With so many interested parties involved in the conversation over content marketing, it’s understandable how criticisms – and occasional notes about its limitations – can sometimes get swept under the carpet.
So it’s refreshing to see, in recent days, two well-meaning – if not entirely earth-shattering – counter punches.
Many of the businesses that changed working practises to bring in content publishing operations – says the first of those arguments – met with a new set of problems.
In short, they recalibrated by adding multimedia facilities – and capabilities – of which many traditional news providers would be envious, but in doing so they ran slap-bang into many of the issues news organisations have been wrestling with as they continue to adapt to digital publishing.
“Having drunk deeply from the content marketing well, they [brand publishers] are now waking up to a hangover,” wrote Andrew Davies, founder of Idio, on the Economist’s marketing blog Lean Back.
In his article, Davies argues how associated issues that come with a move into content marketing – building scale, amplification, categorisation, personalisation, and knowing what to do next – can be solved through the implementation of software.
In fact, he argues that all these issues can be solved with technology.
“As content marketing increases,” he writes, “so will businesses’ need to solve the various problems that aren’t always articulated by content marketing’s most enthusiastic proponents.
“Thankfully, whatever the problem, there is a technology out there that can help solve it.”
Really? Certainly, technology is a great enabler; but rarely have I found it to be the answer to all inherent problems associated with publishing.
To name just a handful: what about the legal implications of making stories and opinions public? What about engagement with the audience? Many of that number won’t be happy – and they won’t be shy about telling you that. Then what about managing expectations internally and externally? And having solved all those problems, how do you follow and assess the quality of your rival’s output? How do you respond to events that aren’t in your plan? Then, and this is perhaps the biggest of these few points, what happens when none of it works? What do you do then?
Content marketing is dead
In his criticisms of content marketing, Steve Liversedge takes an entirely different approach. In a long article for Bizcommunity.com, he argues that content marketing does not exist.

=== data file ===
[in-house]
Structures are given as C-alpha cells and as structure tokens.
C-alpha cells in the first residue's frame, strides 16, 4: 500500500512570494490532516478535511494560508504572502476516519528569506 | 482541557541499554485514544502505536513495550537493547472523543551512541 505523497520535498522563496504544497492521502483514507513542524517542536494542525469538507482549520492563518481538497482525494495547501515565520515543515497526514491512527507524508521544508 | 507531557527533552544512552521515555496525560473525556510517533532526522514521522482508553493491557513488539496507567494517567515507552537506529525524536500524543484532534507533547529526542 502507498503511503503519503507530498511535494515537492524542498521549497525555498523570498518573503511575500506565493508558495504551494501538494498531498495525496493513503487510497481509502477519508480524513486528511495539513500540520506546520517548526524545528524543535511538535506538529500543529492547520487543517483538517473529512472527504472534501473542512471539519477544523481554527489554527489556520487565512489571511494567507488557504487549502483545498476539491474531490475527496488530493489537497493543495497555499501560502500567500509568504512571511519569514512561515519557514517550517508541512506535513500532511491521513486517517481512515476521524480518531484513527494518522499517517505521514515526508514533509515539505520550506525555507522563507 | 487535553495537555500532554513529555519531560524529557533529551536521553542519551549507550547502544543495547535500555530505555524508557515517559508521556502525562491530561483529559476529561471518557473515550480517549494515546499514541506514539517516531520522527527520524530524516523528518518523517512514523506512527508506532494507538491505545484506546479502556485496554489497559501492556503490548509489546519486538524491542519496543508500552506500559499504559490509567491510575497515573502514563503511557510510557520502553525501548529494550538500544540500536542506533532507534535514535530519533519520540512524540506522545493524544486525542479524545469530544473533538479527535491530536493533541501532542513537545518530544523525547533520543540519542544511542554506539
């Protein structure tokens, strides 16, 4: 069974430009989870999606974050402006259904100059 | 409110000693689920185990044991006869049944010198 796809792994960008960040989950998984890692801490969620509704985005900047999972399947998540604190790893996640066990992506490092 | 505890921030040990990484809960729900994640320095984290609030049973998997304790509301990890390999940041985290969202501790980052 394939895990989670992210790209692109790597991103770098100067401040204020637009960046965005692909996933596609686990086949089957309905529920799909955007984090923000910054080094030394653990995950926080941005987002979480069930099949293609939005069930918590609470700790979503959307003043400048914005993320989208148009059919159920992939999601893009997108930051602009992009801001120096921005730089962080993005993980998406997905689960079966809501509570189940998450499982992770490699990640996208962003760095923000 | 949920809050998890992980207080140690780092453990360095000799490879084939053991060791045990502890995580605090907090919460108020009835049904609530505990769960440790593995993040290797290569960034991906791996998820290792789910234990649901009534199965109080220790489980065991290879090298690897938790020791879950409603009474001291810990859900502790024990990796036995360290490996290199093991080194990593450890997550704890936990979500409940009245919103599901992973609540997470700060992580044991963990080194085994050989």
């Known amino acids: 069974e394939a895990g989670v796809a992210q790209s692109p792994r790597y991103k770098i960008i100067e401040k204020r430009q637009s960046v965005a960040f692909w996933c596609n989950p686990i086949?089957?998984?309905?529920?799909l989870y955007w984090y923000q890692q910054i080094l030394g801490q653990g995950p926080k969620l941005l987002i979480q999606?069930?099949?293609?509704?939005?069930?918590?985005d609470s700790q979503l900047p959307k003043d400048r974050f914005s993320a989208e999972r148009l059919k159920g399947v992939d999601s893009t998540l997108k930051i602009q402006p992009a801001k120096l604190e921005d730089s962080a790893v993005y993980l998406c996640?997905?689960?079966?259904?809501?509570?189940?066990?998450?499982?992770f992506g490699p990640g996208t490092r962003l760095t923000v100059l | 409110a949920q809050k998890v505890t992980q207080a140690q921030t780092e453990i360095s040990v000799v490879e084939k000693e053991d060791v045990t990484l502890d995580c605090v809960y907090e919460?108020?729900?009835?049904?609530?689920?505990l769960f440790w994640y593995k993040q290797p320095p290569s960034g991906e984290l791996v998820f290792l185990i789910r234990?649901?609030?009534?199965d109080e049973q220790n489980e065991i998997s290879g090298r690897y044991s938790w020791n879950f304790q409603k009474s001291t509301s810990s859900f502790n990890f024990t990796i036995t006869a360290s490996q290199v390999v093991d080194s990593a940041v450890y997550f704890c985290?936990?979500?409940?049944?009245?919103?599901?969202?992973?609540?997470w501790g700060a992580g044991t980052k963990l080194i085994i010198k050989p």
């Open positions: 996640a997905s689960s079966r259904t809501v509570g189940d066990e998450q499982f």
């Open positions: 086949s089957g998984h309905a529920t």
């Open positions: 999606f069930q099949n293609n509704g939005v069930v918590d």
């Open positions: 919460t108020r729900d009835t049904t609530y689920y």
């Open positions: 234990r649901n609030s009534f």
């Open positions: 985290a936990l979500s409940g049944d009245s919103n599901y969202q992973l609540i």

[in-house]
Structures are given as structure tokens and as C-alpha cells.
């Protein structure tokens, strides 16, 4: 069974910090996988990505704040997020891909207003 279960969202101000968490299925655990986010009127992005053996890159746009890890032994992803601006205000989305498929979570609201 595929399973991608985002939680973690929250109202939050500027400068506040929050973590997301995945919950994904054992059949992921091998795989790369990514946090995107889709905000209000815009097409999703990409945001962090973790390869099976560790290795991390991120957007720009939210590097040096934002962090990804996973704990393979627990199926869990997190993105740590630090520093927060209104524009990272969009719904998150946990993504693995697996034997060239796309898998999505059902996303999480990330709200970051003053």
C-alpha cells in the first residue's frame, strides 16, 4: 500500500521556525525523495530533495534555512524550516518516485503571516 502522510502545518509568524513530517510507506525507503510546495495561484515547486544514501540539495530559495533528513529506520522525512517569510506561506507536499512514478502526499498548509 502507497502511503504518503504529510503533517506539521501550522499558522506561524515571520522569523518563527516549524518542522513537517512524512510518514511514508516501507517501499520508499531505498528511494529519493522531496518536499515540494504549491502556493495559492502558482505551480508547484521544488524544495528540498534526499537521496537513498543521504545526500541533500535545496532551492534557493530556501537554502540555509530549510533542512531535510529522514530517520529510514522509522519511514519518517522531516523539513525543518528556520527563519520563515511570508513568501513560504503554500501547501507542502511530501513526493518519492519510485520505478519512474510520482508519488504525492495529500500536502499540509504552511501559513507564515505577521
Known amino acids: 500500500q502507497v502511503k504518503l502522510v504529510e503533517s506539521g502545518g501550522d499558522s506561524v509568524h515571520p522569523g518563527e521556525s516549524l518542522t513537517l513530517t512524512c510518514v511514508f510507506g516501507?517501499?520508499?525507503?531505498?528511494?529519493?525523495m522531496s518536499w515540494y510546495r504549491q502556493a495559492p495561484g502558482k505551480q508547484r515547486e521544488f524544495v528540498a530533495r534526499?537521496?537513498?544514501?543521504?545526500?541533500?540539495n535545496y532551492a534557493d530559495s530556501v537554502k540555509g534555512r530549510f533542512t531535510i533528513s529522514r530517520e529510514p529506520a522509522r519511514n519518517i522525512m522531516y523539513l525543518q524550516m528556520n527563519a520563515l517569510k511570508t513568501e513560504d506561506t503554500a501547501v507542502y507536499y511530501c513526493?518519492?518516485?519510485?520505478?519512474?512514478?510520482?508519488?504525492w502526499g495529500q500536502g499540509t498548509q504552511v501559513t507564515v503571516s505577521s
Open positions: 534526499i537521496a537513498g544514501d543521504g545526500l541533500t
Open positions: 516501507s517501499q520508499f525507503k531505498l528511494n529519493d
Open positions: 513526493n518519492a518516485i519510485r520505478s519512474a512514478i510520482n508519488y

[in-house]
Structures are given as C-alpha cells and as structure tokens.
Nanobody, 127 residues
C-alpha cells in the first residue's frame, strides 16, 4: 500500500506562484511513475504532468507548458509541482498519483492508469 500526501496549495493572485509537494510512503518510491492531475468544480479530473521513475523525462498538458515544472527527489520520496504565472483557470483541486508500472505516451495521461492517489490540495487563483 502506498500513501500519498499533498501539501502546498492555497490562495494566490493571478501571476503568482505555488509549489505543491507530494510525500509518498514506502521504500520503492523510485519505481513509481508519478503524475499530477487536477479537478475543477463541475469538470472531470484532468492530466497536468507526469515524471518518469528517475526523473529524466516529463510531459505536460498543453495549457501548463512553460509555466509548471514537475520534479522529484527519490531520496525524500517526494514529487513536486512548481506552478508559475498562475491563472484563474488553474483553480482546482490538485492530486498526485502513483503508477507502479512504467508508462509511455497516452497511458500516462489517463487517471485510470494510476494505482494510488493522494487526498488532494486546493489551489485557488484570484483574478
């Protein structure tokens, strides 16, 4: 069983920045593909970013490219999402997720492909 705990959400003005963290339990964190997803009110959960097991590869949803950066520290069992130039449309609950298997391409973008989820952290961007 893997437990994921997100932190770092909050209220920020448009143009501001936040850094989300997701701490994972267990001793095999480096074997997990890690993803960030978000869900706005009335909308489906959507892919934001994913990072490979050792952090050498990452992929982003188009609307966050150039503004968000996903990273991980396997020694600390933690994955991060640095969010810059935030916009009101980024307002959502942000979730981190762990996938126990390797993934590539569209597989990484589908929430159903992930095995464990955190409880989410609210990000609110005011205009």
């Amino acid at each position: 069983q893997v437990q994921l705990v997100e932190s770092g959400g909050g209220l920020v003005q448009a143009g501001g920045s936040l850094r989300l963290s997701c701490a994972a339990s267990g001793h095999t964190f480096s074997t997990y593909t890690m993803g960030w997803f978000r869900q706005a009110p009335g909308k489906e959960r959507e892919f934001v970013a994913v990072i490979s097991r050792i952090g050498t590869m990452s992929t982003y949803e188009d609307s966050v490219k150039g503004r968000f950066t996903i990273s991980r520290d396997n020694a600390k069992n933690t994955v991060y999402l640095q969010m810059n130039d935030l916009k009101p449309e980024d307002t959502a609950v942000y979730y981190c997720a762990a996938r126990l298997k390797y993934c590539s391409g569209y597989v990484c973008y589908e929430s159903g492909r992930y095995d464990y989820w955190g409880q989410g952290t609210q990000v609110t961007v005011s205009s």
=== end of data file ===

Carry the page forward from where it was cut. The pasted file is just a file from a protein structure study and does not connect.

Amongst the excitement, he says, the “reality is that we are simply hyping up the repackaging of a marketing process that has been practiced for decades, and, sooner or later, content marketing will fade away.”
“Let’s blow the lid off content marketing and see it for what it really is: not marketing, but a process within marketing that supports many aspects of marketing, based on quality content generation and distribution. We market a brand, a company, a product, a person, an event – not something as abstract as content.”
This is a bit of a non-argument. It’s a moot point whether or not content marketing is a wholly new thing or a function within a function. Steve’s point about the predominance of paid advertising in search to draw an audience to content, is much stronger, however. He says: “the concept of content marketing cannot exist without promotion and advertising – the very things content marketing seeks to replace” – and that’s hard to argue against.
The other problem for Steve is that in making his case so forcefully, he gave a great many people ammunition for a substantial counter-argument: Steve, they say, surely your blog – your increasingly popular blog – against content marketing is, itself, great content marketing?
True, but I like to think that when writing his article Steve had a picture in his mind of all the attention it would bring – and that he was grinning from ear to ear, knowing wholly what he was doing.
Anticipation of the audience, penning something that will, in equal measure, engage, infuriate, and intrigue – now, that is great content marketing.